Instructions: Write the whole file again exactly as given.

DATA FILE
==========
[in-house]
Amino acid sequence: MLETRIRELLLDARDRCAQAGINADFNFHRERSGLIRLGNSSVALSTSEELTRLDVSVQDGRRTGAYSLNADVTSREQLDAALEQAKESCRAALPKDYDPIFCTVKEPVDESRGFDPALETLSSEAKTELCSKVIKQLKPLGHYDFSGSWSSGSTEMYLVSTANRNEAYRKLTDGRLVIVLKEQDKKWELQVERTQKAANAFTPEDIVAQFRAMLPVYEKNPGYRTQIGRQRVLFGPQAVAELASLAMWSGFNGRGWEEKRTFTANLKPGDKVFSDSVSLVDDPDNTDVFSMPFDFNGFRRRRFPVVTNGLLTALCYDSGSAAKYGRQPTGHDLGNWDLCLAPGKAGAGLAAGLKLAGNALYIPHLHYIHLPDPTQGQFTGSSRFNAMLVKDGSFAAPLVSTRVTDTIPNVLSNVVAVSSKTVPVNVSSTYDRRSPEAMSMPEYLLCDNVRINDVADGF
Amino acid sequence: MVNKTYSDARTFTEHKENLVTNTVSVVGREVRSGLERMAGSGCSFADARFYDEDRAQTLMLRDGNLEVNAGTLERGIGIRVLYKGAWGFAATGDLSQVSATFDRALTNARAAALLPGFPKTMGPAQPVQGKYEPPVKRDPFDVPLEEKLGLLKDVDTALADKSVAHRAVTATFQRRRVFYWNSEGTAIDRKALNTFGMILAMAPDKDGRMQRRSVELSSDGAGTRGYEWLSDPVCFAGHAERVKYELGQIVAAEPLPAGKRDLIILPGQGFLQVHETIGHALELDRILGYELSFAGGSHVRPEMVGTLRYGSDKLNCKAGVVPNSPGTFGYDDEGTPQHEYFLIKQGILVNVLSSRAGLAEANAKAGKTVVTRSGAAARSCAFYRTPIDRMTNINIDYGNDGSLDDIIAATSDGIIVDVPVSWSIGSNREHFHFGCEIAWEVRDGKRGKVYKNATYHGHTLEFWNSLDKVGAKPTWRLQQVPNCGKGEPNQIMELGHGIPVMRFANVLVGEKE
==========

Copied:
[in-house]
Amino acid sequence: MLETRIRELLLDARDRCAQAGINADFNFHRERSGLIRLGNSSVALSTSEELTRLDVSVQDGRRTGAYSLNADVTSREQLDAALEQAKESCRAALPKDYDPIFCTVKEPVDESRGFDPALETLSSEAKTELCSKVIKQLKPLGHYDFSGSWSSGSTEMYLVSTANRNEAYRKLTDGRLVIVLKEQDKKWELQVERTQKAANAFTPEDIVAQFRAMLPVYEKNPGYRTQIGRQRVLFGPQAVAELASLAMWSGFNGRGWEEKRTFTANLKPGDKVFSDSVSLVDDPDNTDVFSMPFDFNGFRRRRFPVVTNGLLTALCYDSGSAAKYGRQPTGHDLGNWDLCLAPGKAGAGLAAGLKLAGNALYIPHLHYIHLPDPTQGQFTGSSRFNAMLVKDGSFAAPLVSTRVTDTIPNVLSNVVAVSSKTVPVNVSSTYDRRSPEAMSMPEYLLCDNVRINDVADGF
Amino acid sequence: MVNKTYSDARTFTEHKENLVTNTVSVVGREVRSGLERMAGSGCSFADARFYDEDRAQTLMLRDGNLEVNAGTLERGIGIRVLYKGAWGFAATGDLSQVSATFDRALTNARAAALLPGFPKTMGPAQPVQGKYEPPVKRDPFDVPLEEKLGLLKDVDTALADKSVAHRAVTATFQRRRVFYWNSEGTAIDRKALNTFGMILAMAPDKDGRMQRRSVELSSDGAGTRGYEWLSDPVCFAGHAERVKYELGQIVAAEPLPAGKRDLIILPGQGFLQVHETIGHALELDRILGYELSFAGGSHVRPEMVGTLRYGSDKLNCKAGVVPNSPGTFGYDDEGTPQHEYFLIKQGILVNVLSSRAGLAEANAKAGKTVVTRSGAAARSCAFYRTPIDRMTNINIDYGNDGSLDDIIAATSDGIIVDVPVSWSIGSNREHFHFGCEIAWEVRDGKRGKVYKNATYHGHTLEFWNSLDKVGAKPTWRLQQVPNCGKGEPNQIMELGHGIPVMRFANVLVGEKE